Lee: This reminds me a lot of Persipolis by Marjane Satrapi. The stories of people growing up in difficult times is always interesting and this looks to be one of the better ones. It’s worth checking out.
Gwen: Okay, this looks very interesting story-wise, but to be honest the art really isn't my style and turns me off of the book a bit.
Kiki De Montparnasse GN by (w) Jose-Luis Bocquet (a/c) Catel Muller
In bohemian Montparnasse of the 1920s, Kiki escaped poverty to become one of the most charismatic figures of the avant garde years between the wars. Partner to Man Ray, and one of the first emancipated women of the 20th century, Kiki made her mark with her freedom of style, word, and thought that could be learned from only one school - the school of life. 416 pgs. $24.95 A site showing many of the works of art the Kiki inspired, and created, is here. Also, the TCJ review here, and if they like it (they do) then you know it has to be good because they don’t anything.
Lee: My local comic shop tells me all the time that I don’t know how lucky I am to have the diversity of books that exists these days. I always doubt him until I see a release like this. I was woefully ignorant of Kiki and her influence on art, and Man Ray. This is one bio that I cannot miss.
Gwen: Really? We do indie solicitation reviews every month and you don't see how much great comic diversity is available now days? Either way, this is a pass for me for the moment. It looks interesting but there's nothing that's jumping out to make me want to buy it at the moment.
Blue HC by (W/A/C) Pat Grant
Blue is the debut graphic novel of Australian cartoonist Pat Grant. Part autobiography and part science fiction, Blue is the story of three spotty teenagers who skip school to go surfing only to end up investigating rumors of a dead body in their beach town. Habibi's Craig Thompson said this about Blue: This book rekindles my earliest enthusiasm for the comics medium. Pat Grant is the Australian Mark Twain, trading Huck's raft for a waxed-up surfboard and an inked-up sable brush. Vast themes of racism and immigration unravel in sprawling murals and a single day in the life of some reckless teens in this sea-polished, perfect nugget of a book. $14.95 Visit the site and read a bit of the story here.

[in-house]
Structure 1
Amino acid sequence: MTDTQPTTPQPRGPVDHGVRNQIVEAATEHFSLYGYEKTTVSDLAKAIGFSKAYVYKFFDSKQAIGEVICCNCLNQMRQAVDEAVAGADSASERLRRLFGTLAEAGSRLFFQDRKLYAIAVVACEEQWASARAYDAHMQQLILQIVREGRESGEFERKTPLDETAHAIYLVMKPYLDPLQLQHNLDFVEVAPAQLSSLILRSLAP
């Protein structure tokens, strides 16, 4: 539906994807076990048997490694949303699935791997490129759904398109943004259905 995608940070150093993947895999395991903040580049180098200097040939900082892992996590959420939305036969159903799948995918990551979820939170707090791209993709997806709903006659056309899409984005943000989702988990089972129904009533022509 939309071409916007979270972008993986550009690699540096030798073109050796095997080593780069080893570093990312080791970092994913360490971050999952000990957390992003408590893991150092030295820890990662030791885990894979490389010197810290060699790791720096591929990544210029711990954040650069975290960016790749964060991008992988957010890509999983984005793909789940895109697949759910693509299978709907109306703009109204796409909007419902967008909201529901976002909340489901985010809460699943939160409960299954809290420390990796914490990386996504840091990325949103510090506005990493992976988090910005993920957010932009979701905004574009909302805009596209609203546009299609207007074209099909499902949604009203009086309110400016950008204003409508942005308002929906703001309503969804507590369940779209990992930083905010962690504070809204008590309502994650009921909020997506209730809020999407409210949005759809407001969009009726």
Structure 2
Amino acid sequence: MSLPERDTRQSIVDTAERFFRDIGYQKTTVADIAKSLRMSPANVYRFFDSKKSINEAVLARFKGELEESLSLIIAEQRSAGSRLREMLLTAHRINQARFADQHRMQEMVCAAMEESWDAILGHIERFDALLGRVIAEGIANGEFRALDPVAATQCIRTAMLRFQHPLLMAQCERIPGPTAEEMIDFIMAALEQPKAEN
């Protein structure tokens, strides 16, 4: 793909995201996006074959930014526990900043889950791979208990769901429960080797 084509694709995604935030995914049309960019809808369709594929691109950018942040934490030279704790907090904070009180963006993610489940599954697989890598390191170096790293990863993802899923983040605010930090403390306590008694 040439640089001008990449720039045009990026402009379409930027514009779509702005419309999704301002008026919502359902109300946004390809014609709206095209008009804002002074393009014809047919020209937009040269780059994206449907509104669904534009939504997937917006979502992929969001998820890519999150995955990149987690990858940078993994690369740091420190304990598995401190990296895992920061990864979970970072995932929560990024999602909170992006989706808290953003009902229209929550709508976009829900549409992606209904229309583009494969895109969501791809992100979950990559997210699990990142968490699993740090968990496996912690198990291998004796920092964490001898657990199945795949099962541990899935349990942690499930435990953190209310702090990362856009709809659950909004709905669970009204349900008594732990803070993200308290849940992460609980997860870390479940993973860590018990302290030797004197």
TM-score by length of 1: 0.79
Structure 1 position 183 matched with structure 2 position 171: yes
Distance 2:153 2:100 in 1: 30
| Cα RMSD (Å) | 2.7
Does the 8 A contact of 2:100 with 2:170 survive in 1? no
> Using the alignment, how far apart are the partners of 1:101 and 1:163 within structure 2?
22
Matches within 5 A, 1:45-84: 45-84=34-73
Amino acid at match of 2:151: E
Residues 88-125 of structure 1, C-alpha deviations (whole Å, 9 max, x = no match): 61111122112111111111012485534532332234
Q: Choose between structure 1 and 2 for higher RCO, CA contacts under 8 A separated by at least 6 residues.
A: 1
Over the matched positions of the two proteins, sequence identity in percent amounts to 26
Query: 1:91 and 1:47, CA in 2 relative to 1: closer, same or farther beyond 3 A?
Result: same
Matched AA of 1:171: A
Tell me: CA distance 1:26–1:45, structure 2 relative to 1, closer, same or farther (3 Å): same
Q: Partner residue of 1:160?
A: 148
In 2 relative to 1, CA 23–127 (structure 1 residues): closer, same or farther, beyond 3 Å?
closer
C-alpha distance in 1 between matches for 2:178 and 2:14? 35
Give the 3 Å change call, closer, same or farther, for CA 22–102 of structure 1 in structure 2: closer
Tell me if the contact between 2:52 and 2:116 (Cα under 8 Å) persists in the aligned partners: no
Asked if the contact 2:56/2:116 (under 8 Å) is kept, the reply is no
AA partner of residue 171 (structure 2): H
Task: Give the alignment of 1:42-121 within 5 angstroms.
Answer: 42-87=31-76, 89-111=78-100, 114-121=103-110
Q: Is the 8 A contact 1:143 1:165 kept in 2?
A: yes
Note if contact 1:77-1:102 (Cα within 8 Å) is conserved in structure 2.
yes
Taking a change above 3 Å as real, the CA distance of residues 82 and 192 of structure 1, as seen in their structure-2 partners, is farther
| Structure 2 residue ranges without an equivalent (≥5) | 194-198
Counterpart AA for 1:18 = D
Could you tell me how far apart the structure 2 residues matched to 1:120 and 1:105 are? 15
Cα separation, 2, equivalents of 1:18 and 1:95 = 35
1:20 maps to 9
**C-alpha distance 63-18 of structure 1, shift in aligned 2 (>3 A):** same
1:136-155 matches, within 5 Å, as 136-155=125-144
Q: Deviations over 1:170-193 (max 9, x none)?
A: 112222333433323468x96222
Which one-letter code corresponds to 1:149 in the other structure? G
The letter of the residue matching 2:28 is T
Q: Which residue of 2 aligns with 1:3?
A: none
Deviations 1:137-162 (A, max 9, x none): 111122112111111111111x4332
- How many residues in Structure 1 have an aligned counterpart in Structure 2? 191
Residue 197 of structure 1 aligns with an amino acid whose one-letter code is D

Lee: Top Shelf publishes many a great book so I'm sure this will be good. The art is somewhat cartoony which seems to be at odds with the subject matter. But, it's worth investigating because I think it will be good.
Gwen: I like the concept and I'm usually easy to sucker in with a good murder mystery.
Corto Maltese Vol. 01: Ballad of the Salt Sea SC by (W/A/C) Hugo Pratt
Treasure hunter, sailor, and adventurer, Corto Maltese remains one of the most popular characters from graphic literature in Europe and maintains a devoted cult following among American readers and creators. Originally published in 1967, Corto Maltese: The Ballad of the Salt Sea introduces our hero for the first time. The story begins with Corto Maltese adrift at sea in the Pacific during World War I. He is picked up by a Russian pirate/privateer named Rasputin. The graphic novel follows Corto and the adventure that ensues. $25.00 A bio of Pratt here and his official site here.
Lee: Pratt is one of the greatest comic creators ever. That’s right, E-V-E-R, having won a stack of awards at Angoulême and easily equivalent to Stan or Jack in terms of inspiration to a generation of creators, I for one am not going to miss this chance to read his material. Incredible art and surreal stories await me.
Gwen: This does look like an excellent collection, definitely worth checking out.
Lee: Another month ended. As I said there were a whole bunch of great selections this month. I am so excited about Pratt's Corto Maltese that I can't say enough good things about it.
Gwen: I'm just entertained by Lee's weakness for post-apocalyptic talking animals.